homeless men are letting us know that the streets call this place - “Jurassic
Park” - and that stabbings and beatings are common here; so we better be
careful. I hear this with a shred of doubt; but nonetheless, I take note of where
I am. I’m glad I do. 

“I was about to light my cigarette when I looked out the window and saw
what you were doing. And rather than lighting my cigarette, I came down
to see what ya’ll were up to and now I’m helping. If that isn’t a sign from a higher power, then I don’t know what is.”

The now 7 piece crew of Kaylynne, Marcos, Jordan, JD, Kat, Kevin, and I
listen to Shelly’s words as her daughter, Destiny, and Destiny’s daughter,
London, help us organize the plates of food to hand out. 
“Please, all of you, listen to me. If you don’t hear the words thank you today,
know that you are all SO APPRECIATED. You are SO APPRECIATED, and don’t EVER stop what you’re doing. NEVER STOP. YOU HEAR ME? It’s such a blessing you all are here.”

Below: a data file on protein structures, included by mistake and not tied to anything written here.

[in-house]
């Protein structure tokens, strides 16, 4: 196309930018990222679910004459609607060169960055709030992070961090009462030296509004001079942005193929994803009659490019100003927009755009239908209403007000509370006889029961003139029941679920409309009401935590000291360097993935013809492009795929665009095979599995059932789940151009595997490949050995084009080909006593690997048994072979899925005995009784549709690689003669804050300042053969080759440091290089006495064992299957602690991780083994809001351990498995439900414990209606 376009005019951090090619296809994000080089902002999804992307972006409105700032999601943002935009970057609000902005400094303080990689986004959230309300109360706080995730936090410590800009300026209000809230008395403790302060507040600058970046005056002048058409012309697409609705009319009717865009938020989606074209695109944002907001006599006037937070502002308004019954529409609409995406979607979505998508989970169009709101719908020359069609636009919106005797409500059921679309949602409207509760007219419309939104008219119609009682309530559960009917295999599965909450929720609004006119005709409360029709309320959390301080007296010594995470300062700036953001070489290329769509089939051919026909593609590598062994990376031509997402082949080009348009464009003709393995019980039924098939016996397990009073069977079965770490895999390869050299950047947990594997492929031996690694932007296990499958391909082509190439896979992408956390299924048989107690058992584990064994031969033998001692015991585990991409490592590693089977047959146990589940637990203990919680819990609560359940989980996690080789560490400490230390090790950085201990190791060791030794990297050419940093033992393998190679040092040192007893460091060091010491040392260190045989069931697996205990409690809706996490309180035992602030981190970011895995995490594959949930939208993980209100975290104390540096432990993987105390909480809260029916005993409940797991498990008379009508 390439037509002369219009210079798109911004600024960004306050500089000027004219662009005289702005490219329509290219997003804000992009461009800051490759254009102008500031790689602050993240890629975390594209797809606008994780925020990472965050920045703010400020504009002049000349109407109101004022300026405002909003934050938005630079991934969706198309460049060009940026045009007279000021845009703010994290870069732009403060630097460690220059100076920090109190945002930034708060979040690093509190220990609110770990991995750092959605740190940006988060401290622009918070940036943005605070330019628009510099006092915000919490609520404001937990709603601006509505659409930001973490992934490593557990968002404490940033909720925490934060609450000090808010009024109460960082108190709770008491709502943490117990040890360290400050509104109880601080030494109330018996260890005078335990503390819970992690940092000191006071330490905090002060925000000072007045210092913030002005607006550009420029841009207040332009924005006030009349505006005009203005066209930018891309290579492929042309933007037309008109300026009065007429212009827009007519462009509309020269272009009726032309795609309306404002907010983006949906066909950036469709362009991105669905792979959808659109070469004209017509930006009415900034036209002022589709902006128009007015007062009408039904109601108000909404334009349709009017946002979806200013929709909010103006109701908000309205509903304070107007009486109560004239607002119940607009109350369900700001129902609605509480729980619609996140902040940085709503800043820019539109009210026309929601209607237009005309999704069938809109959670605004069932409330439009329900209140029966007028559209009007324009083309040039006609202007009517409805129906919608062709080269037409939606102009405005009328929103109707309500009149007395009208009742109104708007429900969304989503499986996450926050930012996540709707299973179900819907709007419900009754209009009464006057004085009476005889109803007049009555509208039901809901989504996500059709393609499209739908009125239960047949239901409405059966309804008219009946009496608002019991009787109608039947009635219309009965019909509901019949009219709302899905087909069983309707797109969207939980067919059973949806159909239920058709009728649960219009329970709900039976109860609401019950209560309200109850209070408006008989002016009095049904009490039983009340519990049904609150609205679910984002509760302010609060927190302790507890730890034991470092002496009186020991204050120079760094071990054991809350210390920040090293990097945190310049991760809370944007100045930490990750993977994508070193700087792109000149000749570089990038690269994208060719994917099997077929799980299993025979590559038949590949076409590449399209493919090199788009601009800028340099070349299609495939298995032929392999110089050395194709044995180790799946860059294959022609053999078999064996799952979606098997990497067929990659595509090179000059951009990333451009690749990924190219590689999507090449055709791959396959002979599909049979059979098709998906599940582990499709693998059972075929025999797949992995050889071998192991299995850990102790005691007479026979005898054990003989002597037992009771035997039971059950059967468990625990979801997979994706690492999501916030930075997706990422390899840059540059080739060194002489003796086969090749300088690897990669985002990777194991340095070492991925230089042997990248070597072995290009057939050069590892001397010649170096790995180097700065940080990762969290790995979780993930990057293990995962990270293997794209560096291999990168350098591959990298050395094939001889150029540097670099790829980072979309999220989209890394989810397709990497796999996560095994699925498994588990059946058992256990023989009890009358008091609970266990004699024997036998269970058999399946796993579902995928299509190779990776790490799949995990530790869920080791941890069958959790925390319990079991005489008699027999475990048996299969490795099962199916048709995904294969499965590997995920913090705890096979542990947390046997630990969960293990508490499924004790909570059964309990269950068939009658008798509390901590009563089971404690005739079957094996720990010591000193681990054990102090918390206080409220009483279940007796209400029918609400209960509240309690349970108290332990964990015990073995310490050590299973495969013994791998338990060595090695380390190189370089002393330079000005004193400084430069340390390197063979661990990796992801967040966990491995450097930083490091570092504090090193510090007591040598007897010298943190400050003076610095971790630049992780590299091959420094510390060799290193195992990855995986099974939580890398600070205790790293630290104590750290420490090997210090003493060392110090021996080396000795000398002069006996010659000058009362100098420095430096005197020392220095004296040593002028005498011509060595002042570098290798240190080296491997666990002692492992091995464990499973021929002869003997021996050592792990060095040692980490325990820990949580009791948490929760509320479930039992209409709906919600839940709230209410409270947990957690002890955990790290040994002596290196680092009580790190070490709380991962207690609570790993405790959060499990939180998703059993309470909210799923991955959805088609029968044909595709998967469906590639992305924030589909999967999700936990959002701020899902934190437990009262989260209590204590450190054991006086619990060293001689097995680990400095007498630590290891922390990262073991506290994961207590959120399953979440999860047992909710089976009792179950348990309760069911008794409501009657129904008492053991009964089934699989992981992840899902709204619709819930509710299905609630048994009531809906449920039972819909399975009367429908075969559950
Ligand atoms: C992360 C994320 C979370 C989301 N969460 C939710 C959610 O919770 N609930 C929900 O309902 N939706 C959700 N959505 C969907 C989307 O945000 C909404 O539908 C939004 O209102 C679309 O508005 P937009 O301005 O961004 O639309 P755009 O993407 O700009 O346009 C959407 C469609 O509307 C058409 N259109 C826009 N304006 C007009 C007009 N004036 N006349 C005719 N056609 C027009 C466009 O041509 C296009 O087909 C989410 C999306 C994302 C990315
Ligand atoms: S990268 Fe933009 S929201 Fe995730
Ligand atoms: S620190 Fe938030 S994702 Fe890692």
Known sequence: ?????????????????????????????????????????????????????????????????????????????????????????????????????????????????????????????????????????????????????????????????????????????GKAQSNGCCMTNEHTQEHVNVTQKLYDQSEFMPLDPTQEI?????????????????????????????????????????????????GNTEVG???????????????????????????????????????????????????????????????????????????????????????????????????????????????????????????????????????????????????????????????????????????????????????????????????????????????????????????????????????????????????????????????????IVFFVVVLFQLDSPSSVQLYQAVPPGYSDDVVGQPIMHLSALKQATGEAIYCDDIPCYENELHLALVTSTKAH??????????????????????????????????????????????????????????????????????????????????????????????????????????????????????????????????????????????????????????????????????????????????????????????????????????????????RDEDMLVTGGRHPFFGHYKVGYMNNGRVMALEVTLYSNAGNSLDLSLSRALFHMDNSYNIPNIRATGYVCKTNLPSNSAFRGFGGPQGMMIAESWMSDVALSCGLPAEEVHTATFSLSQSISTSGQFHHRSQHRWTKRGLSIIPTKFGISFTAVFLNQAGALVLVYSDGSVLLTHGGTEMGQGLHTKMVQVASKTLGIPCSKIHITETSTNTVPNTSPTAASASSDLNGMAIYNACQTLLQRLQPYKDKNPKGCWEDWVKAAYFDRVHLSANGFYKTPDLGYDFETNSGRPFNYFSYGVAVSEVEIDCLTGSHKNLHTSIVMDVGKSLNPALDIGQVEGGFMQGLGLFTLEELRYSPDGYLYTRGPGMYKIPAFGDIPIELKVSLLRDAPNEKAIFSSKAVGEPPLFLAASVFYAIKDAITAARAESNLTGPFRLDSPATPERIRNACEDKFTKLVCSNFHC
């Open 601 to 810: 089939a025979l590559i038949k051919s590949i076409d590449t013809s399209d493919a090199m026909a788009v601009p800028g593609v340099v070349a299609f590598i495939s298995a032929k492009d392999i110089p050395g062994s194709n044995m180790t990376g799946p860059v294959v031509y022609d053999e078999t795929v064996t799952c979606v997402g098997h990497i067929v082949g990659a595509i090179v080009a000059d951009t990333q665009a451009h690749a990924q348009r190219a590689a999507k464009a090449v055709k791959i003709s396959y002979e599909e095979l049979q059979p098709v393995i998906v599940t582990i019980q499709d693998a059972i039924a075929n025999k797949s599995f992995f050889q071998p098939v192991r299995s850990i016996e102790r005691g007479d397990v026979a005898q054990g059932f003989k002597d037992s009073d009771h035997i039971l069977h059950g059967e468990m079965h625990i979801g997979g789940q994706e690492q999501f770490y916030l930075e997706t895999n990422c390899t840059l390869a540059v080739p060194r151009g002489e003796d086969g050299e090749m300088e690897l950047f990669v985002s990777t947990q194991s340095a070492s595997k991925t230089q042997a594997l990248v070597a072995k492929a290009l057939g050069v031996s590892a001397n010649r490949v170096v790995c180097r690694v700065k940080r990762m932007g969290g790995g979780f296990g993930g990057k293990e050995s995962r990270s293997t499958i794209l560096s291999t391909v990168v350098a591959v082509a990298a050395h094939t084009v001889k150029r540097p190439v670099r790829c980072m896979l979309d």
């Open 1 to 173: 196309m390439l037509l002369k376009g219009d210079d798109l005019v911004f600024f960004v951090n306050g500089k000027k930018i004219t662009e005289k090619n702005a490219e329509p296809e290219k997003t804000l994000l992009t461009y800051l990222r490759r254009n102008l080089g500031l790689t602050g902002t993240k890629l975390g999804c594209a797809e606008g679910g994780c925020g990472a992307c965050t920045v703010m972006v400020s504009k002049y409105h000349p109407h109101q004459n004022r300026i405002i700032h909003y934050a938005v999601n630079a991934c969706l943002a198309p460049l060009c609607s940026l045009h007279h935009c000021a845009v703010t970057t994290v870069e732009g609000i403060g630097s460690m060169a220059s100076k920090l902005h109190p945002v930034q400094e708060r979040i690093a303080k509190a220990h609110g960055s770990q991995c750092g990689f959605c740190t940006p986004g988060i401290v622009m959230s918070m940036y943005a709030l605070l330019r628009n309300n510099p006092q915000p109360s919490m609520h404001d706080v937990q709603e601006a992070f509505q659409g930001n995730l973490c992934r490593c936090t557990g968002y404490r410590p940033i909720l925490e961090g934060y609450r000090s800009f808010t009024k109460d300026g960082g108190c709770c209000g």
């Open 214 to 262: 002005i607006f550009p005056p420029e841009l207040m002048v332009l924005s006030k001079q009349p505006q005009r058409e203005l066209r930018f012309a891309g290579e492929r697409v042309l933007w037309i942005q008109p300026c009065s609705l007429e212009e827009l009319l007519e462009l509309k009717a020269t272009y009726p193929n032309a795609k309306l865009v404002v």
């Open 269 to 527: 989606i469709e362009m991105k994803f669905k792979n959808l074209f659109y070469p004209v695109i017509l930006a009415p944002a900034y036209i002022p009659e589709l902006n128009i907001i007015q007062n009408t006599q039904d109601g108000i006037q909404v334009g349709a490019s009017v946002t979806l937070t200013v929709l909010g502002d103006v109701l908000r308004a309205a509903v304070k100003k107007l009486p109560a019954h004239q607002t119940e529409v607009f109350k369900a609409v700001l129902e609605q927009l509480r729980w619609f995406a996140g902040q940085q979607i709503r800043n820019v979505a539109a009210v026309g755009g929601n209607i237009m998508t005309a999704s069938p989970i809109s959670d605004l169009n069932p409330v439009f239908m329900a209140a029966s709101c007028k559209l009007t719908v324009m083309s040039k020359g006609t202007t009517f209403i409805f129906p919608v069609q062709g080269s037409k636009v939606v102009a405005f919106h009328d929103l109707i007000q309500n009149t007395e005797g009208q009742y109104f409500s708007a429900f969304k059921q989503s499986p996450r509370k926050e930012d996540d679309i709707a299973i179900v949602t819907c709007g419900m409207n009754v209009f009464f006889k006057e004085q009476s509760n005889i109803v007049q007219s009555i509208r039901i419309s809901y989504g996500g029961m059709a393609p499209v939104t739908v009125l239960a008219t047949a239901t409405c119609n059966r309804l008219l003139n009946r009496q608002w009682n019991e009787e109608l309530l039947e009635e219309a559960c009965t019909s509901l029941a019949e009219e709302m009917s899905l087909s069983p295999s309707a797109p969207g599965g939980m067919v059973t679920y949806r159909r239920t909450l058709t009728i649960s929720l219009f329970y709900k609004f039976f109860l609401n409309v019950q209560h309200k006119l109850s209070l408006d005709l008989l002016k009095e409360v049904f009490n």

I’m still reeling from Shelly’s words as I load up the plates of food I’ve
prepared on a red trolly that Shelly took from her apartment. I walk across the
street, tears in my eyes, with Jordan and Marcos to “Jurassic Park”, where
things are heating up – literally and figuratively. 

At the far end of the park where we have yet to deliver food, I hear yelling,
and as I squint my eyes through the hot Denver haze, I see a couple of guys
going at it. “Looks like someone wandered into Jurassic Park who isn’t
wanted” I think, and continue to walk forward with Jordan and Marcos next to
me. 

We get to the far end of the park, start handing out food, and my energetic
radars are going off. Things feel intense. Things feel like they’re escalating. I
whip out my phone to catch a photo of Jordan handing out a plate of food
when I hear a SMACK! and a man yelling. A man is punching another man
behind Jordan while he’s handing out food. “You guys wants some
Tabbouleh?” I can hear Jordan thoughtfully asking a group of people while
punches are being thrown right behind him. Later, in a less intense
environment, we laugh about the ridiculousness of all of this. 

A couple of minutes after the scuffle, Kevin and I are handing out the last
plates of food. A man who we hand a plate to replies, “Wow, I can’t believe
I’m being given this. How am I able to get this level of service?” Kevin